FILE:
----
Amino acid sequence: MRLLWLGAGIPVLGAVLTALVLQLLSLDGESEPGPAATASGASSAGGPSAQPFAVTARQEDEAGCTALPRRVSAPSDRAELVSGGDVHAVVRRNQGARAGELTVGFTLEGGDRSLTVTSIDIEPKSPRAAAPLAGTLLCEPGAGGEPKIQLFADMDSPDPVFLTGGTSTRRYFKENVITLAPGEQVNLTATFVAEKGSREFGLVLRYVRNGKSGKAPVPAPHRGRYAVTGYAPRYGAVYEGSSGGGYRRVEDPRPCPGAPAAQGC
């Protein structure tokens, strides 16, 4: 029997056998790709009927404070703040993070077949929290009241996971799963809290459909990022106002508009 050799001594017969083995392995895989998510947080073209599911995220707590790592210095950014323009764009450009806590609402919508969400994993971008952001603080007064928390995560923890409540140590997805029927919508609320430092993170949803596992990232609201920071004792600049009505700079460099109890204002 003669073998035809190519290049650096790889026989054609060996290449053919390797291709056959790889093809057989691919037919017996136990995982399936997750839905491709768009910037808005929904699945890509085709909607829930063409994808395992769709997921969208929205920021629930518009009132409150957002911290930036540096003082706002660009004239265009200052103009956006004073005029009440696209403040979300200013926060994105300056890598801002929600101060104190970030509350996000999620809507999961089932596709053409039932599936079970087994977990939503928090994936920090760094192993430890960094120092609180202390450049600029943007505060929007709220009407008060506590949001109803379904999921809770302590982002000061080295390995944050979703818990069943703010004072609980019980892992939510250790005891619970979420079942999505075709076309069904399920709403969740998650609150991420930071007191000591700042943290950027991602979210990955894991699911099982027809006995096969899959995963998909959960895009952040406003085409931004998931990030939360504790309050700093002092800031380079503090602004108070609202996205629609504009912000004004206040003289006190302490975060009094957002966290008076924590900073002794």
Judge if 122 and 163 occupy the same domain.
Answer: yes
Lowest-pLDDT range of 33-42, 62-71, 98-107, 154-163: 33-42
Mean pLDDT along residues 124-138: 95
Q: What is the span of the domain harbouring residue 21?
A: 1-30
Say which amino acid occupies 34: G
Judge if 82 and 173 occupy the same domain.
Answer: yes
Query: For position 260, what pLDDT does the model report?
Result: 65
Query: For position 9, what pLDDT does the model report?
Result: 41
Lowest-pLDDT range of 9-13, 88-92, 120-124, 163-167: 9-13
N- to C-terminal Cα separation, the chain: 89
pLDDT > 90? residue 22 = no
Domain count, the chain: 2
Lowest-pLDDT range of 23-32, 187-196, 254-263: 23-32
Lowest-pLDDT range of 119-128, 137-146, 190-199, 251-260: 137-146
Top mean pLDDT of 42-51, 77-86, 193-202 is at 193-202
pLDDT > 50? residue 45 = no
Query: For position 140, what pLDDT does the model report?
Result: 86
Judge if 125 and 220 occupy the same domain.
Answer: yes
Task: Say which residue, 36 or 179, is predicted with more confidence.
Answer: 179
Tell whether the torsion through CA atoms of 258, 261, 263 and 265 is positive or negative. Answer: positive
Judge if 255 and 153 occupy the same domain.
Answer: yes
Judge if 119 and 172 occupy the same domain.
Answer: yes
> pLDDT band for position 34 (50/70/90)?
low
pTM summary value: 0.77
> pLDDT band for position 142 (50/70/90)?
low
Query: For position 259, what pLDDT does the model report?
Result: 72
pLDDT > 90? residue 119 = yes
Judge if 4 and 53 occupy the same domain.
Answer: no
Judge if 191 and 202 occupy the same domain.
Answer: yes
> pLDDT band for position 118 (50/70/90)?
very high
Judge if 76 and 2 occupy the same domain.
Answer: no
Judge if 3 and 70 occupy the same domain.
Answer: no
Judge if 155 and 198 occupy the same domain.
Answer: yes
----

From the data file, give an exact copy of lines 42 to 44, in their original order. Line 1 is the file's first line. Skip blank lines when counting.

pLDDT > 90? residue 119 = yes
Judge if 4 and 53 occupy the same domain.
Answer: no